One cannot be pessimistic about the West. This is the native home of hope. When it fully learns that cooperation, not rugged individualism, is the quality that most characterizes and preserves it, then it will have achieved itself and outlived its origins. Then it has a chance to create a society to match its scenery. - Wallace Stegner
California has never had enough water. Yet over the course of the 20th Century California has attracted and supported a very large population and a robust economy. Creating modern California – the abundant, prosperous and cool California – has required a substantial and sustained feat of generational-scale geo-engineering. A vast network of dams, reservoirs, pumping stations, treatment plants and aqueducts transport water from the Sierra Nevadas, through the California Delta, to the productive farmland of the Central Valley and to the arid urban centers of southern California. The success of this network of feats-of-engineering has produced a confluence of ecological, environmental, political and economic ails spun off from this unwitting, century-long war with nature.
Developed for the San Francisco Bay Conservation and Development Commission, our proposal is a manifold response to a confluence of crises – societal and environmental - becoming increasingly visible in the California Delta region. The proposal is an atomized electricity storage apparatus, land reclamation device and instrument of recreation. Water is used as a medium for defining new experiments in urbanism and energy, new mutable architectures and new symbols of 21st Century environmentalism. Slippages and overages within California’s power grid and water management networks are identified and leveraged to catalyze speculative lifestyles that fluidly blend the public and natural realms in a performative and distributed architecture.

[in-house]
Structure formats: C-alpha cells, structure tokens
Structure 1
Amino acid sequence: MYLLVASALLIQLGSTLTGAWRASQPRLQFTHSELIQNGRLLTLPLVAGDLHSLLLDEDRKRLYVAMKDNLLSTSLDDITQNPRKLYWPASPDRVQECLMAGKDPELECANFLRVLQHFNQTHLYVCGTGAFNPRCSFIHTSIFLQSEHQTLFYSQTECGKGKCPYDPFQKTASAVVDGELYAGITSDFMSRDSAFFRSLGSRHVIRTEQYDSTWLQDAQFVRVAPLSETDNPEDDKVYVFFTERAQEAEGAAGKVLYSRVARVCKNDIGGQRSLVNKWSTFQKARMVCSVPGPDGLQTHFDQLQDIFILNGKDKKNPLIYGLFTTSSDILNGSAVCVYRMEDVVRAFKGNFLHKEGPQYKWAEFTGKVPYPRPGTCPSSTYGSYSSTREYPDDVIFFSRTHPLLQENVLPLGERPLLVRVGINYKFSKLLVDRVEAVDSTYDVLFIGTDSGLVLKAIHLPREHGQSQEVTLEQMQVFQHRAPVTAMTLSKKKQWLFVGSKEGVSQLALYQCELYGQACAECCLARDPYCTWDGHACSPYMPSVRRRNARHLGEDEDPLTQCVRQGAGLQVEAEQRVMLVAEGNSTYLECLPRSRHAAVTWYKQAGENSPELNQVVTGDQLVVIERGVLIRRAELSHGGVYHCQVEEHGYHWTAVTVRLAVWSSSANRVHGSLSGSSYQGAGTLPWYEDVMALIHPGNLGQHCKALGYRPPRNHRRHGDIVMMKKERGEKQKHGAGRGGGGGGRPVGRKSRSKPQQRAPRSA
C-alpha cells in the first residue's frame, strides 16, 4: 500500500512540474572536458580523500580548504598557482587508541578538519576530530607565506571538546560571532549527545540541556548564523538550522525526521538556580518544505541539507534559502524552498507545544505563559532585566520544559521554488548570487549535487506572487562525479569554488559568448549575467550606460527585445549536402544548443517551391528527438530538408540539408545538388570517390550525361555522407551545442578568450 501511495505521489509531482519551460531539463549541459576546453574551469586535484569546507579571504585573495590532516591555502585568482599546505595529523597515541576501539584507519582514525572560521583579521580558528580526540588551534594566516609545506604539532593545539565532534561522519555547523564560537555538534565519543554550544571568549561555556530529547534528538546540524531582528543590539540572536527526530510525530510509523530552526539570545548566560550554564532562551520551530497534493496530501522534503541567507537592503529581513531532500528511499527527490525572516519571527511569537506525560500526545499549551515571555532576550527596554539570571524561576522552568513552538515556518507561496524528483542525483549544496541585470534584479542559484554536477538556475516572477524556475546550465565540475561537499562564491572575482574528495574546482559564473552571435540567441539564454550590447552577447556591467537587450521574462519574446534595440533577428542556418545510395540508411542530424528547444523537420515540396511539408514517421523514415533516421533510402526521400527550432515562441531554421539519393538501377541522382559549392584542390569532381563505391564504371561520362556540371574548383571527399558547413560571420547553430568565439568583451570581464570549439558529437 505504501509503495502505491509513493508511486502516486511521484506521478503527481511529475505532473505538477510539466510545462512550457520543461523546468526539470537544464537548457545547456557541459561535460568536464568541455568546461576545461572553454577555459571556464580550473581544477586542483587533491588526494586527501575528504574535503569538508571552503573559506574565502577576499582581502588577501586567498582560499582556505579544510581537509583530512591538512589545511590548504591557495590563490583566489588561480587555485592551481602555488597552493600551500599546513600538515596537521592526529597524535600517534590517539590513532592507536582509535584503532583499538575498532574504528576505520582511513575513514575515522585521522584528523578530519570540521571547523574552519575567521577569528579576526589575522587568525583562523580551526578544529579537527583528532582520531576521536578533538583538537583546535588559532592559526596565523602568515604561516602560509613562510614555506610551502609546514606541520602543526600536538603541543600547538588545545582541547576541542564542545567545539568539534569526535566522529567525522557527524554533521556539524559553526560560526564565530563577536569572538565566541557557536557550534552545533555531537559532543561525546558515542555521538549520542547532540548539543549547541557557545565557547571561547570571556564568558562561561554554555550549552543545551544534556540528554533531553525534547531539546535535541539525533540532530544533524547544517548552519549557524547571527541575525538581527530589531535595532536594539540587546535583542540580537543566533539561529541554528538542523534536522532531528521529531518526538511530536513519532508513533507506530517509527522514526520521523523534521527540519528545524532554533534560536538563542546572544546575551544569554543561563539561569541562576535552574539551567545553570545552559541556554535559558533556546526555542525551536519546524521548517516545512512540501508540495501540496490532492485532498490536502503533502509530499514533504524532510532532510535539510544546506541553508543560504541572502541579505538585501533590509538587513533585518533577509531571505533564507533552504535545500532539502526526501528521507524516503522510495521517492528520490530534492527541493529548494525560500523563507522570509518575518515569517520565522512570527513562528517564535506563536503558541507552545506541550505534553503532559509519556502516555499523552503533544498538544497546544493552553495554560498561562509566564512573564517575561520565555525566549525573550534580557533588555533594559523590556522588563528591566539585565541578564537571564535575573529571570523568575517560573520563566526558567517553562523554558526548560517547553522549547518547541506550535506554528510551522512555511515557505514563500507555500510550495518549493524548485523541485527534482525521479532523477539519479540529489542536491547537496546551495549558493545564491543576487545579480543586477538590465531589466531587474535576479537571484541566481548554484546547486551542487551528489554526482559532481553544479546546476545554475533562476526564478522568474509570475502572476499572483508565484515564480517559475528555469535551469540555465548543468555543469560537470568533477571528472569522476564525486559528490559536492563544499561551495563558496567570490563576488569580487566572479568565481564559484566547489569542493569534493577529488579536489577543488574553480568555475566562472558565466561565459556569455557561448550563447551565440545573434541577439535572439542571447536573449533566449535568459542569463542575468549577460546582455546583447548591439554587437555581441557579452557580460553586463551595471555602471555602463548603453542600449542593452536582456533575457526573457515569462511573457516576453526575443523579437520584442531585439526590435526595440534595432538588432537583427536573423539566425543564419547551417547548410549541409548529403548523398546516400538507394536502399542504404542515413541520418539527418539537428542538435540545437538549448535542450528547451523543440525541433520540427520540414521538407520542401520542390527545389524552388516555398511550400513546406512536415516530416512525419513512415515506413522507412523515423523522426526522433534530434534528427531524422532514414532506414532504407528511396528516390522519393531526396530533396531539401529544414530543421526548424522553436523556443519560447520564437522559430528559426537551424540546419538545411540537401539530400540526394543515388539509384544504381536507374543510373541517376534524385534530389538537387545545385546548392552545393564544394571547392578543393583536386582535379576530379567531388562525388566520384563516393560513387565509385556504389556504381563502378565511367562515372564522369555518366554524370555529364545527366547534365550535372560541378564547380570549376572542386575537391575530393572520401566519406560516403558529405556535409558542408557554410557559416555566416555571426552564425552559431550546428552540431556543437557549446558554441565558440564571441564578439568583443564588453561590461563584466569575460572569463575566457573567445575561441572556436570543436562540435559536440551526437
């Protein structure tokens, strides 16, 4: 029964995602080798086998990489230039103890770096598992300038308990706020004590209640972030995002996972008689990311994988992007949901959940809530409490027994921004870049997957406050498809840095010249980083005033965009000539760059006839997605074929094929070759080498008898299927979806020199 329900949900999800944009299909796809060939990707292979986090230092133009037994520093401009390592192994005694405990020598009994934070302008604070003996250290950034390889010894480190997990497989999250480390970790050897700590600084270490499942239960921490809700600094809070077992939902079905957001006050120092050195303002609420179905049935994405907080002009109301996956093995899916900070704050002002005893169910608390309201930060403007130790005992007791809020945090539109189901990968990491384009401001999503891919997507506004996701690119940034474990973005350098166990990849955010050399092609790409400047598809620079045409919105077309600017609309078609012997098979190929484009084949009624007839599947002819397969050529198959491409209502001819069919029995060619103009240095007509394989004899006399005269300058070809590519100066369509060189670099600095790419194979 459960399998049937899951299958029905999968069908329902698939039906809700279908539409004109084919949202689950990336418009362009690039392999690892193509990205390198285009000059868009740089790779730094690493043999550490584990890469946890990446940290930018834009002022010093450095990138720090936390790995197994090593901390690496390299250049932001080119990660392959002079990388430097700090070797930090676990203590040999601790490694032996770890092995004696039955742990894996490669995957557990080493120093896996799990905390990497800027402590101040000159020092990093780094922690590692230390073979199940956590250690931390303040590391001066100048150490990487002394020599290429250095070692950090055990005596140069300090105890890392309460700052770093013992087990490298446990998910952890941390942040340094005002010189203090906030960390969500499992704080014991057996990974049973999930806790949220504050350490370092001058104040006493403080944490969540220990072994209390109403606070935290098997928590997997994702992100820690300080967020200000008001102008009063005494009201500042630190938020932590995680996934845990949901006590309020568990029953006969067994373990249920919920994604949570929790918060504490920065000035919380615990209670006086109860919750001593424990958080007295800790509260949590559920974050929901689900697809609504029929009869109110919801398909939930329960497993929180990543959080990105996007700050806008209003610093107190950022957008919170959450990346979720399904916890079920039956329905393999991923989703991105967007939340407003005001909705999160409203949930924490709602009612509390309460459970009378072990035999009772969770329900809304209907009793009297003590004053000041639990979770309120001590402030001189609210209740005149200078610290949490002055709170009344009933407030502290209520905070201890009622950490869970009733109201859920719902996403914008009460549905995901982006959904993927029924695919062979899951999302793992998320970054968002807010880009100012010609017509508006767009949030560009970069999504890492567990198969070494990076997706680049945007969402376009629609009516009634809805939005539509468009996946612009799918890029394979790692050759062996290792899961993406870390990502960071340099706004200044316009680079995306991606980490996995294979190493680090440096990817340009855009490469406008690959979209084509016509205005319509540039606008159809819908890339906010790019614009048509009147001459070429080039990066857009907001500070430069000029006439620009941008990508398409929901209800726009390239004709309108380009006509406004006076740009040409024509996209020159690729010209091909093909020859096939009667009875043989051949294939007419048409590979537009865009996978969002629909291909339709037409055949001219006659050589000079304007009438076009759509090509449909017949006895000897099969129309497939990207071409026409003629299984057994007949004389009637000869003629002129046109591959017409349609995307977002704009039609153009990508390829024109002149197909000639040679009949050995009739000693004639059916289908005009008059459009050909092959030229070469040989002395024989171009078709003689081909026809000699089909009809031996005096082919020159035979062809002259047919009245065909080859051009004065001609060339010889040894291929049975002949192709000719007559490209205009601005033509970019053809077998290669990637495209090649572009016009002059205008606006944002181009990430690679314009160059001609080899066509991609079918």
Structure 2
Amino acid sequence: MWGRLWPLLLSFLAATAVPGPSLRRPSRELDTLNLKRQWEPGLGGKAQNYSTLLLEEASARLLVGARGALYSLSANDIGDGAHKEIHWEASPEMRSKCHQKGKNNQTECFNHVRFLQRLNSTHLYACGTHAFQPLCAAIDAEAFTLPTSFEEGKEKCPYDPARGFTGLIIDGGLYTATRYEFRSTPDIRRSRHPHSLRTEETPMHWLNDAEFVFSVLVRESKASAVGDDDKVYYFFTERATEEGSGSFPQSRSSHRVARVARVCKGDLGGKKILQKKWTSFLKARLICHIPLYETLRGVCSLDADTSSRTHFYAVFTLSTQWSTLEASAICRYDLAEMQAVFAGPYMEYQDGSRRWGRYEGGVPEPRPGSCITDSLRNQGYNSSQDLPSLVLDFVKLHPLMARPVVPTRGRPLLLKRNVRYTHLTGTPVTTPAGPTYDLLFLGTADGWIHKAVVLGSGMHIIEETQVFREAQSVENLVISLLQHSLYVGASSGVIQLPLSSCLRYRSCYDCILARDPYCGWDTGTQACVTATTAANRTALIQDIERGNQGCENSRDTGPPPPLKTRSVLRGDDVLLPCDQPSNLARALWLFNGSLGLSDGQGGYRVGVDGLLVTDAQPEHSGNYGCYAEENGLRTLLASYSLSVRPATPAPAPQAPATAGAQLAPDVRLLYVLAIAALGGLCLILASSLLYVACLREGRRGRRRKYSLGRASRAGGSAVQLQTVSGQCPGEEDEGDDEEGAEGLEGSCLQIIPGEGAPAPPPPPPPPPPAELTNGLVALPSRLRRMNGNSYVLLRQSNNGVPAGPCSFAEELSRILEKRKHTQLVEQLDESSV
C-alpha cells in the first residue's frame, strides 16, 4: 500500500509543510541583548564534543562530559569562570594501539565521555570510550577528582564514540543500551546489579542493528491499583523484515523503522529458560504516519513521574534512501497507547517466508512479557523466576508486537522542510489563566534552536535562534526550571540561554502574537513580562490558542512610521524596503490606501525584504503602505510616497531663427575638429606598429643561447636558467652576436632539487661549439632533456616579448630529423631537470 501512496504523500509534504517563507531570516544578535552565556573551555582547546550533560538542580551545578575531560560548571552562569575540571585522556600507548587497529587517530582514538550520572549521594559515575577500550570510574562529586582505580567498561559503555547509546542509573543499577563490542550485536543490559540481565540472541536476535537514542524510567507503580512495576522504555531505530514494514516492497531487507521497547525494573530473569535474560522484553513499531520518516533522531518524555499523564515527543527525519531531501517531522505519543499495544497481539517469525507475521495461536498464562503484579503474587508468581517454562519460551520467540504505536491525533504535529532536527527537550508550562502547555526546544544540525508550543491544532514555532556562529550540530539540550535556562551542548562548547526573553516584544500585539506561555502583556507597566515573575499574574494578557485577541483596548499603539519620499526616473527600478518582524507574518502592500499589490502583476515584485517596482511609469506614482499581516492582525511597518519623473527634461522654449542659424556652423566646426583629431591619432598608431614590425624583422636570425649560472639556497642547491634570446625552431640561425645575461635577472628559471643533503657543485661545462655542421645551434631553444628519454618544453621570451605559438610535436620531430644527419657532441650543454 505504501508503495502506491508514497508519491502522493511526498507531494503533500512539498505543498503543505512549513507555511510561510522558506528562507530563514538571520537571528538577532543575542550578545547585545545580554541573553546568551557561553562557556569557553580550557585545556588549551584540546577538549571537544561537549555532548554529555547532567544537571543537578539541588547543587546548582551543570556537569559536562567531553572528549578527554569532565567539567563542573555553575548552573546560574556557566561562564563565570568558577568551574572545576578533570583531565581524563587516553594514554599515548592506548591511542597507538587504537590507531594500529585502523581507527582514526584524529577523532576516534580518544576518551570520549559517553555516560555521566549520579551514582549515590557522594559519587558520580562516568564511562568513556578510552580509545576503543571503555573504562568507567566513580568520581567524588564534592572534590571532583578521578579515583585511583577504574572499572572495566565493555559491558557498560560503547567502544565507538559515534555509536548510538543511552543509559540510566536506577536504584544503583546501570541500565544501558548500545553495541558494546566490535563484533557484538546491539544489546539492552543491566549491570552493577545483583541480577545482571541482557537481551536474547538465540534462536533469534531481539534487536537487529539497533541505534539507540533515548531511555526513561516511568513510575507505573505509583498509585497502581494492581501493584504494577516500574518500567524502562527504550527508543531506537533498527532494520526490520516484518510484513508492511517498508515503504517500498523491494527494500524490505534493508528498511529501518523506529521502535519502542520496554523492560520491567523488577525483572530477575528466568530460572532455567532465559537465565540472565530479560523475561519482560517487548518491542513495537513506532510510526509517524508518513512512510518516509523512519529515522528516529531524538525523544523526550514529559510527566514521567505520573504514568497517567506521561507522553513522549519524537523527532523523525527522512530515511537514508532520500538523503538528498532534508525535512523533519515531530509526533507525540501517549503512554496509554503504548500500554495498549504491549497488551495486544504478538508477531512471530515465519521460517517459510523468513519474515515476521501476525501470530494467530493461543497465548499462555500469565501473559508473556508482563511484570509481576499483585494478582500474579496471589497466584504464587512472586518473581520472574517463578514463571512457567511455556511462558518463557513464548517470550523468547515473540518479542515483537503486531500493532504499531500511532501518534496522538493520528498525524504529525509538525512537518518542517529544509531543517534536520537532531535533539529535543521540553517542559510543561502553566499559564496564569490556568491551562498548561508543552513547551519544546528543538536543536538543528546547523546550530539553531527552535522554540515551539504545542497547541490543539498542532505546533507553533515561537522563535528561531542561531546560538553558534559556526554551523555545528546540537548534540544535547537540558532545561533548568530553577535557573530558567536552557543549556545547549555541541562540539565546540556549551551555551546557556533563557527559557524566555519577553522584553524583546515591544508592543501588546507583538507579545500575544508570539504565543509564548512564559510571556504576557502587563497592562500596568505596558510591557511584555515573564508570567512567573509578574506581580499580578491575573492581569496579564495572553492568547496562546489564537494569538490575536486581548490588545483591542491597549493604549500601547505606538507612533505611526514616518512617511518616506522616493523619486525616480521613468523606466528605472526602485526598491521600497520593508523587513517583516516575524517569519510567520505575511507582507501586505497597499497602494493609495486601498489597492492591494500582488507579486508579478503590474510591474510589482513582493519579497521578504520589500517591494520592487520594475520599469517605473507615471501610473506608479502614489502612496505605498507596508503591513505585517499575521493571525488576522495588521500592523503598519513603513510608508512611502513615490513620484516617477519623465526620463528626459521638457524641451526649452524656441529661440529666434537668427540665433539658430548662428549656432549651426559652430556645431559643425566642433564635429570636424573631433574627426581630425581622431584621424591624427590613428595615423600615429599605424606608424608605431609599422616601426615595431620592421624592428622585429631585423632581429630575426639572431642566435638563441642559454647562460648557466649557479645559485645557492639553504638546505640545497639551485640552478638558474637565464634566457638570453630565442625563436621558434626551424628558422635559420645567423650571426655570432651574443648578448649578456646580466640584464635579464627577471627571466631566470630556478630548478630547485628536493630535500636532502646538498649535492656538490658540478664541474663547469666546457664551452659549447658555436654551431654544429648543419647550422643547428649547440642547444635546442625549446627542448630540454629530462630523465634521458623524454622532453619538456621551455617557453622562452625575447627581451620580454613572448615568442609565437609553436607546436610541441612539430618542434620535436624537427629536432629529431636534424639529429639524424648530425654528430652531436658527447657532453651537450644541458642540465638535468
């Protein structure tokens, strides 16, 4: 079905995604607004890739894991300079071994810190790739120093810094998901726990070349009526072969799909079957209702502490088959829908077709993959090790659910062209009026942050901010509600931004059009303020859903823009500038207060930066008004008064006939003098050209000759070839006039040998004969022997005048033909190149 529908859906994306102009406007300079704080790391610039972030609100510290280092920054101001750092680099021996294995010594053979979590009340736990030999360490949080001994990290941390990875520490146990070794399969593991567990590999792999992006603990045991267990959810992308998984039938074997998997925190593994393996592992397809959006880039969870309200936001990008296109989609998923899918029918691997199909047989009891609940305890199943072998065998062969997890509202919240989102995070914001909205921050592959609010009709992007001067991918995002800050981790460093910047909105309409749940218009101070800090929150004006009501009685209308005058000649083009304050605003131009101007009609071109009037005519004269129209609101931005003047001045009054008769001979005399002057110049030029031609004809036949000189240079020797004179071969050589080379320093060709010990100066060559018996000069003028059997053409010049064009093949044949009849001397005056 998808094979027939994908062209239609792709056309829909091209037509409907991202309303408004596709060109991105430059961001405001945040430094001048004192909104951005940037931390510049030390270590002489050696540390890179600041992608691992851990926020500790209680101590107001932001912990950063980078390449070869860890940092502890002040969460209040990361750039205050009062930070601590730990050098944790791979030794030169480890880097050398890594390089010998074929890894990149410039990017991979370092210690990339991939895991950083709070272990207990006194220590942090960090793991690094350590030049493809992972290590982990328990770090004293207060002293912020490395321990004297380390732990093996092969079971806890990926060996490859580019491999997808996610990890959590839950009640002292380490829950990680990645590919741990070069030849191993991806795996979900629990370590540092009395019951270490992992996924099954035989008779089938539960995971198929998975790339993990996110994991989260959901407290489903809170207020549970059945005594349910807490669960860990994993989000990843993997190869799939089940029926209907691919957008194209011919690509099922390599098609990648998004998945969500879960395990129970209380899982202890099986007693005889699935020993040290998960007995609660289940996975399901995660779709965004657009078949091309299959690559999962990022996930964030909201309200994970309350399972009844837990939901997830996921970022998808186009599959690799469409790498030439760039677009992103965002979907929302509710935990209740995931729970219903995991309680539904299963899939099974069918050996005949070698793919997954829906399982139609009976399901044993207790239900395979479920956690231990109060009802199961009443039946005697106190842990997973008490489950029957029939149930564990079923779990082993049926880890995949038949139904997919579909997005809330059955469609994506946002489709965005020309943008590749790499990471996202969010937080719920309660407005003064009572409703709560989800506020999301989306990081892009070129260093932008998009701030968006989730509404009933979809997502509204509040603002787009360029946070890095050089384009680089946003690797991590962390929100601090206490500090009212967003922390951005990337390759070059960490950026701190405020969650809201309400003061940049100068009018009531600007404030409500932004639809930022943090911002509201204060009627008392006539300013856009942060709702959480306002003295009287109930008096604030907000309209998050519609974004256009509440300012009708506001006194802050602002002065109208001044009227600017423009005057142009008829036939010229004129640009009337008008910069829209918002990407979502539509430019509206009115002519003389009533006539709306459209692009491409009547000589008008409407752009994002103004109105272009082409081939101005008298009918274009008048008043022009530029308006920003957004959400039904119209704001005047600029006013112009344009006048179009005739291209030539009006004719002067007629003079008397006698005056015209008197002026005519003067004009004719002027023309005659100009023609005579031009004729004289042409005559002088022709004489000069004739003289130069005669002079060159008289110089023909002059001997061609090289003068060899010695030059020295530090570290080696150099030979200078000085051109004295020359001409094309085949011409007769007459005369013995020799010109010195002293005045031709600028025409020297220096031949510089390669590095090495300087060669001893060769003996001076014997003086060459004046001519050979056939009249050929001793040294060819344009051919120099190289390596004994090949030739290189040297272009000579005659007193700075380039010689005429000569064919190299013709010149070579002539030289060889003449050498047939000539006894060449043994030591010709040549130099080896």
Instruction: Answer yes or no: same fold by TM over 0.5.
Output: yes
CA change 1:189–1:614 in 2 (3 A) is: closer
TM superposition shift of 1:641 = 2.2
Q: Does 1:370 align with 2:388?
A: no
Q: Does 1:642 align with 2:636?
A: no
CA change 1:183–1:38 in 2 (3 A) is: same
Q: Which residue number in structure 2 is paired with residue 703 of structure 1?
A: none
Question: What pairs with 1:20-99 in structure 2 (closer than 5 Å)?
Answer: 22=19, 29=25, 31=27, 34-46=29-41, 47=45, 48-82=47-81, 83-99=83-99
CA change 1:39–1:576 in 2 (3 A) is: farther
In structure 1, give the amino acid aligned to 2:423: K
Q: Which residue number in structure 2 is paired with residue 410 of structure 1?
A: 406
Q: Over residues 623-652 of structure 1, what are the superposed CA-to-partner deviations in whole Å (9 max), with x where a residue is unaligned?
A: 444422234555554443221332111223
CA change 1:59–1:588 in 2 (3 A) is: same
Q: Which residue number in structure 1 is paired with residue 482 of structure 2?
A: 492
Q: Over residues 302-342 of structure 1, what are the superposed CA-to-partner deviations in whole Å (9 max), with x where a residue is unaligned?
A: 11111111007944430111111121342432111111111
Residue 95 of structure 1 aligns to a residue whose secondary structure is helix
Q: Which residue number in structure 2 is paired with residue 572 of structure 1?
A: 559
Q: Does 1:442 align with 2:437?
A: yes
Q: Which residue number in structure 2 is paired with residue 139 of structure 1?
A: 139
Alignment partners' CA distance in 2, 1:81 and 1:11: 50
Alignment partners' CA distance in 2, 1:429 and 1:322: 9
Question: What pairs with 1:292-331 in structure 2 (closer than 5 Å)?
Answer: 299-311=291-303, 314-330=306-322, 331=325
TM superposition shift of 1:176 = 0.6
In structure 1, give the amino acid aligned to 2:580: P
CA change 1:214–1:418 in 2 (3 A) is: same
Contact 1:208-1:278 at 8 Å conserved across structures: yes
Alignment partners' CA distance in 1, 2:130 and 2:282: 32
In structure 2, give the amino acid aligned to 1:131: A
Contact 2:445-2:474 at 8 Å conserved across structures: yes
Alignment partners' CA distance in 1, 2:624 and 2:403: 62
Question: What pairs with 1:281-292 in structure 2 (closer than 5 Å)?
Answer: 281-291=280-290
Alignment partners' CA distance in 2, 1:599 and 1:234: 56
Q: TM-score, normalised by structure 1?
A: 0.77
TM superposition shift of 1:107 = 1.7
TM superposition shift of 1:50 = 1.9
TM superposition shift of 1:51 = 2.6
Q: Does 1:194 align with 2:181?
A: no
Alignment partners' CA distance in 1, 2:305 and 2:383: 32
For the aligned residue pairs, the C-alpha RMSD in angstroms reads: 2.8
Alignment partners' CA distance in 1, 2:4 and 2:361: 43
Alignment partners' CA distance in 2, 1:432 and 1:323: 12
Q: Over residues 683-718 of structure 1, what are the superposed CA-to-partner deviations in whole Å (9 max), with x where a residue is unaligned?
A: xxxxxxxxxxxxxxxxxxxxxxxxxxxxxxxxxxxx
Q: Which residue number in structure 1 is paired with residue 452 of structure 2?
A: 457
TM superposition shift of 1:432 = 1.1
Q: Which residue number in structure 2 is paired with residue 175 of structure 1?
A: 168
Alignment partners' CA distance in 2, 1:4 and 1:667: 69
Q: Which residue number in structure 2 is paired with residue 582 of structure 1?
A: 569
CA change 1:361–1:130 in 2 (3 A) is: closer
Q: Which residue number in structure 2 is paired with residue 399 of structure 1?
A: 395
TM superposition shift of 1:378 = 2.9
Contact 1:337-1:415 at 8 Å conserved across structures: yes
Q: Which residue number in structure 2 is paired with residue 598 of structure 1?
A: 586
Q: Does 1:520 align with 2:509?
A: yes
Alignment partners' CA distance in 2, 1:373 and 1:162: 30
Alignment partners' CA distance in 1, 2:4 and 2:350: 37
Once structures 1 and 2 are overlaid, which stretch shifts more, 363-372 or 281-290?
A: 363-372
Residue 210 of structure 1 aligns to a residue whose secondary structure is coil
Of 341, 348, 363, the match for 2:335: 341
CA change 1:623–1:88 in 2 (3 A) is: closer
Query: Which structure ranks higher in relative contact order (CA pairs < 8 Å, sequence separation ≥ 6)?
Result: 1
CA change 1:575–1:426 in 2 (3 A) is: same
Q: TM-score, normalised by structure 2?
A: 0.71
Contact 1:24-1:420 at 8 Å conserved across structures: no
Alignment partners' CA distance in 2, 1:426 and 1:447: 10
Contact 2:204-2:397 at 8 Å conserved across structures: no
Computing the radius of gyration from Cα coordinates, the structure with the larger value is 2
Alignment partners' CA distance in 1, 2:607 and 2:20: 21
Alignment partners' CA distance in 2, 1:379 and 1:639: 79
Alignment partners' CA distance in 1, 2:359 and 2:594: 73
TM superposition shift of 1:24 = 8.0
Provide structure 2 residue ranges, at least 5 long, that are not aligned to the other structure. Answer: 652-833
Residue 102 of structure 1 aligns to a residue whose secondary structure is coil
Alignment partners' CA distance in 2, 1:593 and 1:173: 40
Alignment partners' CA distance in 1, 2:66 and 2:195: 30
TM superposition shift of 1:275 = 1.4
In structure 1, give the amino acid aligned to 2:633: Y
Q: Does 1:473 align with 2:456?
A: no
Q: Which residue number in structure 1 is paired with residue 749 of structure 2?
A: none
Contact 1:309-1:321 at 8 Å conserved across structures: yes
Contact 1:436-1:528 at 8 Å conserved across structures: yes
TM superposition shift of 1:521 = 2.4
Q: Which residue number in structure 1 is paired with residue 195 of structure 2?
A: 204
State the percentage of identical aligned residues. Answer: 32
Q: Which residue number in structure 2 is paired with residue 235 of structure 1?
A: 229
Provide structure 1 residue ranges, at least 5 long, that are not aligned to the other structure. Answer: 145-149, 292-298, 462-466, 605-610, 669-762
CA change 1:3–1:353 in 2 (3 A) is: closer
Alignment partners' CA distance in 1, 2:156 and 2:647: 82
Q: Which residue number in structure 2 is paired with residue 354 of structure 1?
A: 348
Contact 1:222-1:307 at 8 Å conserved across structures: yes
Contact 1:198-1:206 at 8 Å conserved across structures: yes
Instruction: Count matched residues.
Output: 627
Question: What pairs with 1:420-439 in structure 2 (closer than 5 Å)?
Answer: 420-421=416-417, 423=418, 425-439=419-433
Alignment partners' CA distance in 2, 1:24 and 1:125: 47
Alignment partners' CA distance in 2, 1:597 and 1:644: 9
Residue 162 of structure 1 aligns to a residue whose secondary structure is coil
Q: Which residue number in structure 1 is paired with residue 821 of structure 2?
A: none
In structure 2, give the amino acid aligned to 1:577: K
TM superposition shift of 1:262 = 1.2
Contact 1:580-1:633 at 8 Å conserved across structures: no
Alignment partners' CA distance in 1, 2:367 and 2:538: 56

Forty-five percent of all electricity produced in the United States is immediately grounded – a waste. There is no current technology to store power at a grid-scale with practical economic metrics causing power plants to maintain a consistent buffer between energy production and demand to avoid systemic failure and black out. Ramping up or down power production at a regional scale is a multi-day undertaking; further exacerbating the energy waste on seasonal cycles to ensure demand is met. The towers work within systemic electrical grid anomalies to produce overall reductions in energy waste by expending otherwise grounded off-peak energy to pump water up into the tank then draining the water through a turbine during peak consumption times to offset production demand. The effect is small, but multiplies as the towers aggregate. The towers exist within regional electrical infrastructure while defining a new framework for existing and imagined local recreational programs.
The proposal is equally environmental remedy and social catalyst. New methods of inhabiting this landscape emerge by making visible the regional energy production cycles, water purification and land reclamation processes at work. The delta levee system is reimagined as a thick and permeable boundary where slow phytoremediation and UV filtration relieve the water of its agriculturally induced toxicity. These thick levees cause the islands to be intentionally flooded on occasion to revive the subsiding agricultural land with new sediment and nutrients. Within this new, more environmentally sensitive landscape, the towers become attractors where recreational programs, boat culture gatherings, farmers markets, glamping facilities and temporary housing scenarios grow around the towers in ad hoc communities.
Collaboration with Daniel Kidd.